Monday, February 20, 2012

Tulips

Here's a nice wet-in-wet technique for painting flowers. I'm stepping aside from my usual glazed layers to work in adjacent segments of feathered colour.

Begin with a simple sketch, just one or two blossoms, with the separate petals defined:
Prepare two puddles of colour, a yellow and a red. I used Winsor Yellow and Cadmium Red with a bit of Quinacridone Magenta for variety of hue. Pre-wet one single petal with a wash of yellow.

While the yellow is glistening and wet, load up your brush with red (pigment-rich rather than watered down), and dab colour into the base and up the centre of the yellow. The wet yellow wash will start to take up the red, dragging it into natural-looking veining.


While that petal is drying move over to a new one, staying away from the first. Start with the yellow as before and add the red, observing the natural shifts of colour and leaving a yellow edge to the petal.
And repeat, again leaving the still-wet petals alone while starting a new one.
Fill in between the petals once they have dried, using the same yellow to red technique, and move on to the next flower.I added a little blue-green, a mystery mix left over on my palette, for some pockets of shading in the yellow.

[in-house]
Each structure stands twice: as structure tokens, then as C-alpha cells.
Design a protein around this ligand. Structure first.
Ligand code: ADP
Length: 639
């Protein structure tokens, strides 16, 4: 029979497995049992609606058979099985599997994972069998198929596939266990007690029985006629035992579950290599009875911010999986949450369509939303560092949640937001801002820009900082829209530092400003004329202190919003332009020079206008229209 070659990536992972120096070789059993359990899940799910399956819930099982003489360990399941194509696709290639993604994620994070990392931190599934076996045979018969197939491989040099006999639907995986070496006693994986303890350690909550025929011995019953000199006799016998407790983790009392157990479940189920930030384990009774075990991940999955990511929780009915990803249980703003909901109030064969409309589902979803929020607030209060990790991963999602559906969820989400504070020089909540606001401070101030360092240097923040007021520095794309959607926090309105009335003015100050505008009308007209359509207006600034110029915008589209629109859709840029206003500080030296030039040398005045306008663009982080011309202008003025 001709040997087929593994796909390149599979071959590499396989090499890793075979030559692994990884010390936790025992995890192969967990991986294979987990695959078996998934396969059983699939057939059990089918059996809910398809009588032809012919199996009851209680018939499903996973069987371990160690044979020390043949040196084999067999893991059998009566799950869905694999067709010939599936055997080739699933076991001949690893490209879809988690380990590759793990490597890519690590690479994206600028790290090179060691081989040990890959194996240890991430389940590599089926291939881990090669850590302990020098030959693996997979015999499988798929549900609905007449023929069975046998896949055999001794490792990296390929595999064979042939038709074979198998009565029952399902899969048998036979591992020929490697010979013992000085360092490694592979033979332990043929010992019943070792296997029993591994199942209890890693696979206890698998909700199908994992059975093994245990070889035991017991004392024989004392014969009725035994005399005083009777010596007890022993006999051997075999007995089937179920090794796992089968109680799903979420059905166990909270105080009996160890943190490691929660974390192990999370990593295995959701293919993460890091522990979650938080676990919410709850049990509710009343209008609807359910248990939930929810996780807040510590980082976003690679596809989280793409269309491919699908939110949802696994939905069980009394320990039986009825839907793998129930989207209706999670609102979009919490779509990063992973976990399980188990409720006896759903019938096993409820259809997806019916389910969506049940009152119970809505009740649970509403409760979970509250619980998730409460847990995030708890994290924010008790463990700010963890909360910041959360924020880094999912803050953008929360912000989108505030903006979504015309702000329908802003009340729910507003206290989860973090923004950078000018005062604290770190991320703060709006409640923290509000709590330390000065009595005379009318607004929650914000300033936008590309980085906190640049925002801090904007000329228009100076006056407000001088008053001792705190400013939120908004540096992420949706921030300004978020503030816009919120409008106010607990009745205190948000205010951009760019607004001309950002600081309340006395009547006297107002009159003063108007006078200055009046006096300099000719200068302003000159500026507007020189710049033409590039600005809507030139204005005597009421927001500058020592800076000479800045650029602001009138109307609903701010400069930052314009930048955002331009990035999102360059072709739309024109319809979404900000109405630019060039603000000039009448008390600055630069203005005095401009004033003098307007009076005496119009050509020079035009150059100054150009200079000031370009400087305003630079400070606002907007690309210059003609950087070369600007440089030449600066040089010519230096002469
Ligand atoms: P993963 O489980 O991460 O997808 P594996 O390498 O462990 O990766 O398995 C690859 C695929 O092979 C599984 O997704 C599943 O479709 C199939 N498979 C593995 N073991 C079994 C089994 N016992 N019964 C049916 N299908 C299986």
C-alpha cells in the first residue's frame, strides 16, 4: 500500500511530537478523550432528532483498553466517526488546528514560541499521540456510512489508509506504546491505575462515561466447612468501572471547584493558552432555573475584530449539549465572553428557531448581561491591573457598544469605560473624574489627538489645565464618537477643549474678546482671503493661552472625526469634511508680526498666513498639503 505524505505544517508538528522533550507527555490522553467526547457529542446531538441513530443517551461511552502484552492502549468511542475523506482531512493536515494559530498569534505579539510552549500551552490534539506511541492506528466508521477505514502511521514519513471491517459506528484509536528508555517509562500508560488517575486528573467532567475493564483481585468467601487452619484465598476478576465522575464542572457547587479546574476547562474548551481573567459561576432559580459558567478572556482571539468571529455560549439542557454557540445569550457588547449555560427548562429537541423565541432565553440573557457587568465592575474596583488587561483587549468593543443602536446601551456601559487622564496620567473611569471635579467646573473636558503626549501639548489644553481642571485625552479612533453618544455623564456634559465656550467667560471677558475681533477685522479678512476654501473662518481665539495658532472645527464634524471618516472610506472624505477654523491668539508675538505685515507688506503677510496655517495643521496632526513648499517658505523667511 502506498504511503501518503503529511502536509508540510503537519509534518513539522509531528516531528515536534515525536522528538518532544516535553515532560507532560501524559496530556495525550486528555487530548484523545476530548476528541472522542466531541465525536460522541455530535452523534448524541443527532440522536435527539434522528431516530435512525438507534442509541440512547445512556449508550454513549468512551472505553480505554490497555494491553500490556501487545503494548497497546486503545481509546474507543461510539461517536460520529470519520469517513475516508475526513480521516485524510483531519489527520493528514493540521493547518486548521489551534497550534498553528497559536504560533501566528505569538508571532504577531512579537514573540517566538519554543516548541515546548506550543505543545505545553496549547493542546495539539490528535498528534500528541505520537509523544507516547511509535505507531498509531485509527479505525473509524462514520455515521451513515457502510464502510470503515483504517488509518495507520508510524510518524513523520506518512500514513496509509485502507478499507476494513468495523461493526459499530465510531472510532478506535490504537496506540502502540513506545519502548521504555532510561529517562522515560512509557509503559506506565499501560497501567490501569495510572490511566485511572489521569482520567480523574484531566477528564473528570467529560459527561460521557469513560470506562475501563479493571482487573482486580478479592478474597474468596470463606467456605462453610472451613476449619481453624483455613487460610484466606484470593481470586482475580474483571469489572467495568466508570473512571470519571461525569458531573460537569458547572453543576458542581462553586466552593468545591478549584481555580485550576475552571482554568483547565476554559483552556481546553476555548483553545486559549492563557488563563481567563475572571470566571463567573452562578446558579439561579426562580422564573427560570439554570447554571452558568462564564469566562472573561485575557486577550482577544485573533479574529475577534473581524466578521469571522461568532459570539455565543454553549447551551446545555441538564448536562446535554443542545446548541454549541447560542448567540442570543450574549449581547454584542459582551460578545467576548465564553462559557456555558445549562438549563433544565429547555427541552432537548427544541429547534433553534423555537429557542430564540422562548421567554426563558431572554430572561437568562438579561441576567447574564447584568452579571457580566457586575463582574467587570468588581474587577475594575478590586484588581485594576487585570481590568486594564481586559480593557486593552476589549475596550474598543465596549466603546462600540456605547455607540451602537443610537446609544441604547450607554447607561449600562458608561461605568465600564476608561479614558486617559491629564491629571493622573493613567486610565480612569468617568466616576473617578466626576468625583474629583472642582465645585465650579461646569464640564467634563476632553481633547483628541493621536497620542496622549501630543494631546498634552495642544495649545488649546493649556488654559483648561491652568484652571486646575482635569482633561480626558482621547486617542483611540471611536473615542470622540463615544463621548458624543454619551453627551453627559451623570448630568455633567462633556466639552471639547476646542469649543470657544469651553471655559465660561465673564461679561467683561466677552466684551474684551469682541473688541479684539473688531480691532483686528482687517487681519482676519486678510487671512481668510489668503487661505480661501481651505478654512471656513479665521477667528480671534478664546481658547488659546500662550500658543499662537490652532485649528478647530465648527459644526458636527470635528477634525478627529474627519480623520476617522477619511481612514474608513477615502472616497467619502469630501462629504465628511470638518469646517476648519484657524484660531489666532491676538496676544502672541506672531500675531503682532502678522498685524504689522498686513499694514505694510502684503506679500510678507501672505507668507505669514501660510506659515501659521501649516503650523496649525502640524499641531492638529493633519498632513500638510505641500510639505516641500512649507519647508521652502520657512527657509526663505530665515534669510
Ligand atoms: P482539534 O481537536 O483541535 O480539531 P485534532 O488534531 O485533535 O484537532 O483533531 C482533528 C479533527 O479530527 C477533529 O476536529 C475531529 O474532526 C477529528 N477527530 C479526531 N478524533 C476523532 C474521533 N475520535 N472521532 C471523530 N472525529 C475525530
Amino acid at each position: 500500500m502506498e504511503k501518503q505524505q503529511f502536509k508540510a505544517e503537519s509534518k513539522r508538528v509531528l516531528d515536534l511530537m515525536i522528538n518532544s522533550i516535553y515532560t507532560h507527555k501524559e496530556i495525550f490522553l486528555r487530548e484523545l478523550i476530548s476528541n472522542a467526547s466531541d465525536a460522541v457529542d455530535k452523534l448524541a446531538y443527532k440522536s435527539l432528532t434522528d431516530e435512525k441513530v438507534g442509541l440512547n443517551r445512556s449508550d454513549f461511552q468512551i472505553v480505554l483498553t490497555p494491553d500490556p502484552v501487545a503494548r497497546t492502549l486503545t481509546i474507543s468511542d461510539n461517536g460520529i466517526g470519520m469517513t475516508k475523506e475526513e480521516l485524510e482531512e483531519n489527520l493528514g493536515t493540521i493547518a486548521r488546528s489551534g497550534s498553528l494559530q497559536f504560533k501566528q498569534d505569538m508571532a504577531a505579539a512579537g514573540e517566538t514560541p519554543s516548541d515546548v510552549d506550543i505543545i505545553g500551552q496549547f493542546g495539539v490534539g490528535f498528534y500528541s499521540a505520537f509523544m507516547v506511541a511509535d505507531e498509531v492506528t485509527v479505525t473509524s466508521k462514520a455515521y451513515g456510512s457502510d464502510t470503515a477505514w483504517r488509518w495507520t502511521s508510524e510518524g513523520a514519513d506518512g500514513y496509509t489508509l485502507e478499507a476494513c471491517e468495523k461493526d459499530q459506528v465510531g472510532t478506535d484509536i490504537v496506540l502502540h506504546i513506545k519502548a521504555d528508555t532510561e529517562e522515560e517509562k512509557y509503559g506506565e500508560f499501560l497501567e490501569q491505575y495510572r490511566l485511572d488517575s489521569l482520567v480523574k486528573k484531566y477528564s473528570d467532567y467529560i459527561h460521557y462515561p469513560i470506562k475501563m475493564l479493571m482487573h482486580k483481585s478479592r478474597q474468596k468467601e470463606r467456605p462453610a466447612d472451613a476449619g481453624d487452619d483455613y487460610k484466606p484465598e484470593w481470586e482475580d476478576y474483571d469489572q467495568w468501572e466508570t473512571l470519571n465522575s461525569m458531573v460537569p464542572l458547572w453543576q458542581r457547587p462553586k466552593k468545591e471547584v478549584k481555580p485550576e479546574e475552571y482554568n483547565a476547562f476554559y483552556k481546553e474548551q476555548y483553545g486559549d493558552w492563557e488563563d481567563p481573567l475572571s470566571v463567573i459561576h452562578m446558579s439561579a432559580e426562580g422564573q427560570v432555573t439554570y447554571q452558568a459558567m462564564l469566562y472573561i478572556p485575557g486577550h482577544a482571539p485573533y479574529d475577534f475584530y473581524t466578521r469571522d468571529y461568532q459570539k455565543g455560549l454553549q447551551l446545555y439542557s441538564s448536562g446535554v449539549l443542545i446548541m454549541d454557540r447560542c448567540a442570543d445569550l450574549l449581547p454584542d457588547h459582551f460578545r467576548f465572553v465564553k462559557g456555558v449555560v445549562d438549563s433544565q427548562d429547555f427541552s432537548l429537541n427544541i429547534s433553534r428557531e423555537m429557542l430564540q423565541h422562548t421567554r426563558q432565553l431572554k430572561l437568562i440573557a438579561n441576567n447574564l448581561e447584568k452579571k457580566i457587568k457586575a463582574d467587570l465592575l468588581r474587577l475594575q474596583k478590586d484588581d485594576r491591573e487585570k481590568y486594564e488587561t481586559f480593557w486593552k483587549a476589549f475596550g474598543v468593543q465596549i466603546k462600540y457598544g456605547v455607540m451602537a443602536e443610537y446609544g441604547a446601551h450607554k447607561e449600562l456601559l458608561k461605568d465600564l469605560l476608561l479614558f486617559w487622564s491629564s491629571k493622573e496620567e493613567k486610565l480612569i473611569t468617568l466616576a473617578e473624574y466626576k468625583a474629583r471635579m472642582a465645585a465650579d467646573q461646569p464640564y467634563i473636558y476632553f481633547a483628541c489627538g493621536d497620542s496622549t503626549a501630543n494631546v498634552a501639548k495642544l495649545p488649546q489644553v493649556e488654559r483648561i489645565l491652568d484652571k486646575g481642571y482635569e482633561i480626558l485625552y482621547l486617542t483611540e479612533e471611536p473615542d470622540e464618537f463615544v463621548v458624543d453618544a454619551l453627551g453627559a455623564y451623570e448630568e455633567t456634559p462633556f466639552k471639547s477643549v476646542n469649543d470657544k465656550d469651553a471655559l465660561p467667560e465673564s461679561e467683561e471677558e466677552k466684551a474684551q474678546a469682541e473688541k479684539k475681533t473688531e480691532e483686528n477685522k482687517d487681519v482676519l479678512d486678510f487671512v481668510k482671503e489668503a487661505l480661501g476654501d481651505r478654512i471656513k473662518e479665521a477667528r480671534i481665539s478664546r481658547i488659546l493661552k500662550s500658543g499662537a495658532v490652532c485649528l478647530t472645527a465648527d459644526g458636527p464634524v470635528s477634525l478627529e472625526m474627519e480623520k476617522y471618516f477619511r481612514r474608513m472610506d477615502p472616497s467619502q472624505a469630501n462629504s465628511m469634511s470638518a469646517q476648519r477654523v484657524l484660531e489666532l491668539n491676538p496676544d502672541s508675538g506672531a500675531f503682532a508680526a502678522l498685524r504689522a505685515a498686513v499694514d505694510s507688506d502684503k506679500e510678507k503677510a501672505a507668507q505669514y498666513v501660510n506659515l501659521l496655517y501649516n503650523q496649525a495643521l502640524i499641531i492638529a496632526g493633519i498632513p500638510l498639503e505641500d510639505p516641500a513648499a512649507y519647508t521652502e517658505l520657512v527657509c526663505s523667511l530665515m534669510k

Mixing Sap Green with the yellow, lay in the stems and a few leaves. Careful brushwork will keep the the red edges from bleeding into the green. And then go to town with an assortment of wet in wet green shades for background.


And that wraps up another two-hours-or-less painting. The studio cat, below, stepped between me and the tulips a few times, just in case I needed his input. Very decorative, if not helpful.

“The smallest feline is a masterpiece” – Leonardo Da Vinci

4 comments:

  1. Thank you for this watercolor class! Watercolor really does a fine job of mimicking the tulip's veining. Each of your tulip paintings is a beauty, and I loved your use of the mystery color for shading.

    Still life with attendant kitty is a gem.

    Thank you also for your reply to me on the prior post, and that update with the subtle dissolving of the watercolor pencil work. Quite lovely.

    xo

    ReplyDelete
  2. What a lovely blog. Will have to have a go at some tulips, you make it look easy, but I bet it's not!

    ReplyDelete
  3. Stumbled on your blog from somewhere & I'm now a follower & how pleased I am. Very helpful tutorials for me as a mere beginner. Now that summers over & the days are short I'll be spending time on my aquarelle painting. I look forward to searching through your archives.
    Best wishes Barbara

    ReplyDelete
  4. Oh goodness. Frances, you really shouldn't give away your secrets!

    What an amazing and beautifully presented tutorial for painting tulips. I do a fair bit of painting of my own and posts like these really help.

    So glad I found your blog

    Happy new year!

    ReplyDelete